A New Way of Doing Business on Food Security: Blog
Today, Sub-Saharan Africa is one of the fastest growing regions in the world, home to seven of the world’s fastest-growing economies. In fact, just this week, the International Monetary Fund’s Regional Economic Outlook for Sub-Saharan Africa projected Sub-Saharan Africa’s growth to remain above 5 percent — faster than many newly industrialized Asian economies.
The major force behind this dramatic growth has been significant increases in private sector investment and trade in the region. Foreign direct investment flows to the continent now hover around $80 billion and trade has tripled over the last decade. But this private sector boom has largely missed Africa’s agricultural economy, favoring investments in resources like oil, gas and minerals.
As a result of decades of underinvestment, today Africa is the only continent that does not produce enough to feed its own citizens. Last year’s food crisis and famine in the Horn of Africa serve as a stark reminder that chronic hunger and malnutrition remain a persistent problem on the continent.
In 2009, at the G8 Summit in L’Aquila, Italy, President Obama and G8 leaders refocused the world’s attention on food security, leading to $22 billion in commitments toward global agriculture. But even as we maintain these commitments in tough economic times, we know that Africa needs more than aid. It needs a new way of building economic stability.
This week at the G8 Summit at Camp David, we are launching a New Alliance for Food and Nutrition Security between African nations, international donors and private firms. Together, we will lift 50 million people in Sub-Saharan Africa out of hunger and poverty within 10 years — that’s more than one out of every eight people currently in poverty in the region.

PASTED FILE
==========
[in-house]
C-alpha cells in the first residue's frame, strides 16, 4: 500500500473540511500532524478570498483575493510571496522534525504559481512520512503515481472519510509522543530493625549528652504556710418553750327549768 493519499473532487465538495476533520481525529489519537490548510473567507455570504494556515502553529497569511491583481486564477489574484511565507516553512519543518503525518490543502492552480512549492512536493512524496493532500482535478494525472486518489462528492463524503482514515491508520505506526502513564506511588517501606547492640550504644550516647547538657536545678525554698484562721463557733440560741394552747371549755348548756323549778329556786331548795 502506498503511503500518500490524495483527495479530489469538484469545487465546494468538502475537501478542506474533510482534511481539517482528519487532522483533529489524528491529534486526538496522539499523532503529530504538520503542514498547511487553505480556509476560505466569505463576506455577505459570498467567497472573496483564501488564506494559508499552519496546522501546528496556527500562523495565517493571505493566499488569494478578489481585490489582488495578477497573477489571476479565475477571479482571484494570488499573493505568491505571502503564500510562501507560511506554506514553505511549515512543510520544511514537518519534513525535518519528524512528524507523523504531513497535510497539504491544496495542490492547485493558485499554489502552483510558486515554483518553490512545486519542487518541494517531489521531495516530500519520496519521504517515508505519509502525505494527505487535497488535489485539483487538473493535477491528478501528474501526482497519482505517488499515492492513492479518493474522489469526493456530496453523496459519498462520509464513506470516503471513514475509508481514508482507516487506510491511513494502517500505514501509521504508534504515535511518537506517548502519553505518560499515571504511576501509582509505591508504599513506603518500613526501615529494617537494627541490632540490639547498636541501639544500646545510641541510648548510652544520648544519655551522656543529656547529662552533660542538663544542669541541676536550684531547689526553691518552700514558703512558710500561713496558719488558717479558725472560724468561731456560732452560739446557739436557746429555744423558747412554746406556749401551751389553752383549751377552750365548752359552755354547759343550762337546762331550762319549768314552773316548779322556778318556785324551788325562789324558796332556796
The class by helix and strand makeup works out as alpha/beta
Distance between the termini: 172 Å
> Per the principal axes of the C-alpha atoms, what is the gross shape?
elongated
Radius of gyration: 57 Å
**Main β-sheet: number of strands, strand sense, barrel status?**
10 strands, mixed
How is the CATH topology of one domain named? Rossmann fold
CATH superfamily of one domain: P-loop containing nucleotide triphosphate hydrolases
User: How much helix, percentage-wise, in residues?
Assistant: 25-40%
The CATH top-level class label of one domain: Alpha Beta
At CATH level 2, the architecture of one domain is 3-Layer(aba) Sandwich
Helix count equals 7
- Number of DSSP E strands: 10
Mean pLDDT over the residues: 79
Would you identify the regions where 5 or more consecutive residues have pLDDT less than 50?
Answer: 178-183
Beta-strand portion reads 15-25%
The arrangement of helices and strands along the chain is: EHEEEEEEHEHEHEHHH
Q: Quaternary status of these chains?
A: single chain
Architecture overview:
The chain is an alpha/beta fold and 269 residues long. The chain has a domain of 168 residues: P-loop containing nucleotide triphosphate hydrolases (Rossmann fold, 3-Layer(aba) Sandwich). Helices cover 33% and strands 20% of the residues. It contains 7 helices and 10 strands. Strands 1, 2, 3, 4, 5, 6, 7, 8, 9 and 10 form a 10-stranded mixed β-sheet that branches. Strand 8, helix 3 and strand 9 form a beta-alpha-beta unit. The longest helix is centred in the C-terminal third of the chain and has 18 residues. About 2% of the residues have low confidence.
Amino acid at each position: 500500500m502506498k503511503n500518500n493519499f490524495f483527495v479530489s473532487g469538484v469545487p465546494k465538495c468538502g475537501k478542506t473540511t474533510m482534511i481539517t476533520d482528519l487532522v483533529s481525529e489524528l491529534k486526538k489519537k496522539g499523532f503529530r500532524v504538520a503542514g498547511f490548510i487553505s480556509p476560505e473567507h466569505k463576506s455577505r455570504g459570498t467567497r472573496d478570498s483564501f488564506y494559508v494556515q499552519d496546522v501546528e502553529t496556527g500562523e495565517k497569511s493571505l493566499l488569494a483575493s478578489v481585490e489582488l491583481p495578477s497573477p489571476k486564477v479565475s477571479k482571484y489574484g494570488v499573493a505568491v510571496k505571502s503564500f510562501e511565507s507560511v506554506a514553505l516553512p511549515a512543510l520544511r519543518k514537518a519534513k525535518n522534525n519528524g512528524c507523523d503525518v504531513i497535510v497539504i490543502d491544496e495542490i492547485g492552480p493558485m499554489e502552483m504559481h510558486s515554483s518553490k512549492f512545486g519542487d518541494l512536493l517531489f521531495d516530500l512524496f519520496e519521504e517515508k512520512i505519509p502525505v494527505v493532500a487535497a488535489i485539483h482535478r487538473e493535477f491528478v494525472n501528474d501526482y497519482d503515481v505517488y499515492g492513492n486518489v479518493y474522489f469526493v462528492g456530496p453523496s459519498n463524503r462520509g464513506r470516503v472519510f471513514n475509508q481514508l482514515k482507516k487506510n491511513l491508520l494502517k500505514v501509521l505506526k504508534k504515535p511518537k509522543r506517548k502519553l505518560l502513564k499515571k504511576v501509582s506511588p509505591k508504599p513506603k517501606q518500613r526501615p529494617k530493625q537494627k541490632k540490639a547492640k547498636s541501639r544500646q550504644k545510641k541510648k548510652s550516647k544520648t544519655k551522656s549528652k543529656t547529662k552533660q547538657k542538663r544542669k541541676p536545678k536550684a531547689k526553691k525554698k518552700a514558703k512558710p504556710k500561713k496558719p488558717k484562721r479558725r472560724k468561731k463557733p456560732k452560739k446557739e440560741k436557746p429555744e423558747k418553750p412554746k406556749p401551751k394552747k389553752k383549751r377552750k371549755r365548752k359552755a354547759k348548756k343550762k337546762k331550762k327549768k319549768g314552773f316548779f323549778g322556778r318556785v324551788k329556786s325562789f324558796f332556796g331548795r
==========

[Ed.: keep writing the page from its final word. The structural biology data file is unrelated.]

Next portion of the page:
African governments are showing incredible leadership by undertaking serious market-oriented reforms. For instance, Tanzania has committed to overturn an export ban on staple commodities that has in the past been implemented during food emergencies. Tanzania will also strengthen land tenure rights for poor farmers and open the local seed market to greater private sector competition.
The governments of Ghana and Ethiopia are committing to similar reforms, with other African nations in line to follow suit. Donors will continue to invest in country-owned agricultural development plans while creating new tools to shield farmers from risk and increase access to cutting-edge agricultural technologies. That means smallholder farmers will be able to sow better seeds and access real-time market prices on their mobile phones.
That support has encouraged private sector firms — from African businesses like Tanzania’s TANSEED, to multinational’s like DuPont — to increase their investments in African agriculture.
Building on 20 years of local experience in agriculture in Africa, DuPont has committed to helping smallholder farmers by building local collaborations that enhance agriculture value chains – from improved inputs and financing to infrastructure and market access.
To help make better informed decisions that drive sustainable action, DuPont is sponsoring the development of a clear monitoring and tracking index from the Economist Intelligence Unit. To be published in July, the Global Food Security Index will consider the core issues of food affordability, availability, access and quality across a set of 105 countries. This interactive benchmarking tool will be publically available, so every business, government and NGO can access the relevant data to help tailor local solutions.
All told, the New Alliance will lead more than 45 companies to invest more than $3 billion in African agriculture, creating a new model of public-private partnership to fight hunger, improve livelihoods and support African nations as they chart their own future.
While this vision is ambitious, we believe we can finally come together to prove to the world that hunger can be beaten.